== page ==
# Assumption in Brown Representability Theorem

I'm reading Brown's theorem in Hatcher and Brown's original paper. I am confused by the assumptions concerning the generalized cohomology theory, which is defined axiomatically by the Eilenberg-Steenrod axioms except the dimension axiom. Brown replaced the dimension axiom by the condition that the nth cohomology group of a point is countable for nonzero n, and Brown said this condition couldn't be weakened. The wedge axiom used by Hatcher to define reduced cohomology theory, however, implies that the nth cohomology group of a point is trivial. This seems contradictory. Can somebody please help me?

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Reduced cohomology of a point is by definition trivial, whereas I guess Brown was defining non-reduced cohomology. –  David Roberts Jun 25 at 3:56
Thanks! So Hatcher's version is more powerful than Brown's original one? –  Emmy Jun 25 at 4:08
I wouldn't have thought so - one can recover ordinary cohomology from reduced cohomology by adding a disjoint basepoint to a space, so the two should be interconvertible to some extent. However, I don't see that assuming reducedness would give you the cohomology of a point to be countable, so you may be right. –  David Roberts Jun 25 at 5:17
I haven't checked what versions are given in the sources that you mention. However, one important issue is as follows. If you assume that your original cohomology theory $H$ is defined only on finite CW complexes, then you need the coefficients to be countable. If you assume that $H$ is defined on all CW complexes, then countability is not required. –  Neil Strickland Jun 25 at 8:26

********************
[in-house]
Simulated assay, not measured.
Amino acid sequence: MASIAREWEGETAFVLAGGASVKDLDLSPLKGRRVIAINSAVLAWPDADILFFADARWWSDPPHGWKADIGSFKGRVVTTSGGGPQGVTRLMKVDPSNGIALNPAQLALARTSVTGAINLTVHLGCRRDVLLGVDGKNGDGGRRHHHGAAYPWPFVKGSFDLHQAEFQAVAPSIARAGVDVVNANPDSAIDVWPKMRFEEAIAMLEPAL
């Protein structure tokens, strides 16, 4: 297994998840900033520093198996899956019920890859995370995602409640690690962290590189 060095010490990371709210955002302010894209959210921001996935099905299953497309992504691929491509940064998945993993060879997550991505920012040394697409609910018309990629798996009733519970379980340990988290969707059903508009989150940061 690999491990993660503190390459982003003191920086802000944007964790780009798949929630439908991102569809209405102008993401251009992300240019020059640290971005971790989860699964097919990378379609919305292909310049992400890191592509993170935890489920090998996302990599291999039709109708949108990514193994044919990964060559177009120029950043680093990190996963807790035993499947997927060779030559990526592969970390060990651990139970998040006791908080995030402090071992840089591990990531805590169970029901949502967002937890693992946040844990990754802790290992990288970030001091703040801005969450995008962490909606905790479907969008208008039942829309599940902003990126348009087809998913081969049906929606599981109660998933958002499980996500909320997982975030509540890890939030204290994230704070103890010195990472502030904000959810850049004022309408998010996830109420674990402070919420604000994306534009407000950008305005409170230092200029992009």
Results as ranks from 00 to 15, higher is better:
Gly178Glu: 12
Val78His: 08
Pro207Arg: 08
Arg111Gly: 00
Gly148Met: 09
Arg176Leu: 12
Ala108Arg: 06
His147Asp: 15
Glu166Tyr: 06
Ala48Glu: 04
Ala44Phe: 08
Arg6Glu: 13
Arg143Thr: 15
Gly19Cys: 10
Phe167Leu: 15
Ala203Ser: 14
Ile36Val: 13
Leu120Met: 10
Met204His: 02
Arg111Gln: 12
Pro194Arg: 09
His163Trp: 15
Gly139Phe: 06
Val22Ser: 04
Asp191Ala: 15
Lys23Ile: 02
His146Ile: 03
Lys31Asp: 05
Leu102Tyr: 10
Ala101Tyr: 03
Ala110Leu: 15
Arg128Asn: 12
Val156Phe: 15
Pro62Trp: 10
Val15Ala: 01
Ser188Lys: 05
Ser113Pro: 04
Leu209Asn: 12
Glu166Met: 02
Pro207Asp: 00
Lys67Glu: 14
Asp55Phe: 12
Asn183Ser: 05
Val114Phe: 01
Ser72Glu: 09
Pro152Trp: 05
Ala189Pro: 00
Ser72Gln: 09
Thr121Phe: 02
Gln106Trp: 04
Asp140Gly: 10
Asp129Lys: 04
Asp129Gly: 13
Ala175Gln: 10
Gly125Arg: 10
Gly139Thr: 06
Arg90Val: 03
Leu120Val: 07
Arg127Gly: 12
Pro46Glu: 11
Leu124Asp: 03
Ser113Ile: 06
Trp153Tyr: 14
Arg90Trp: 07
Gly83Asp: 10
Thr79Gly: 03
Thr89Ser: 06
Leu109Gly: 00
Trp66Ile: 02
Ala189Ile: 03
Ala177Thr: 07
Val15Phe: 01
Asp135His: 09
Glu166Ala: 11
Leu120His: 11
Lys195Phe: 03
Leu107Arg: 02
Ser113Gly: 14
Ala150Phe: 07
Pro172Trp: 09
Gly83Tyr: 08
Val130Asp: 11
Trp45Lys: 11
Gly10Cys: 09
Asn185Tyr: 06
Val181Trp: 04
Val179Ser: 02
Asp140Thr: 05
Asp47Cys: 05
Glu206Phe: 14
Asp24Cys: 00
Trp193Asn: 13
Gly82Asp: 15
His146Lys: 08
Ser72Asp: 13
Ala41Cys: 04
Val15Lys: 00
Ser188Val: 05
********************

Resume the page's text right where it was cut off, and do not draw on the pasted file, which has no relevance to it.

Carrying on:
Hatcher's Theorem 4E.1 in his 'Algebraic Topology' book is equivalent to Brown's Theorem II version (4.6) in his 'Cohomology theories' paper. Countability of coefficients is only required for Theorem II version (4.5). The first theorem is for cohomology theories defined on all CW-complexes, and the second one for those defined on finite CW-complexes. It looks like if the countability hypothesis were necessary if we wanted to represent cohomology theories defined only on finite CW-complexes, but this hypothesis was removed by Adams in 'A variant of E. H. Brown's representability theorem'.

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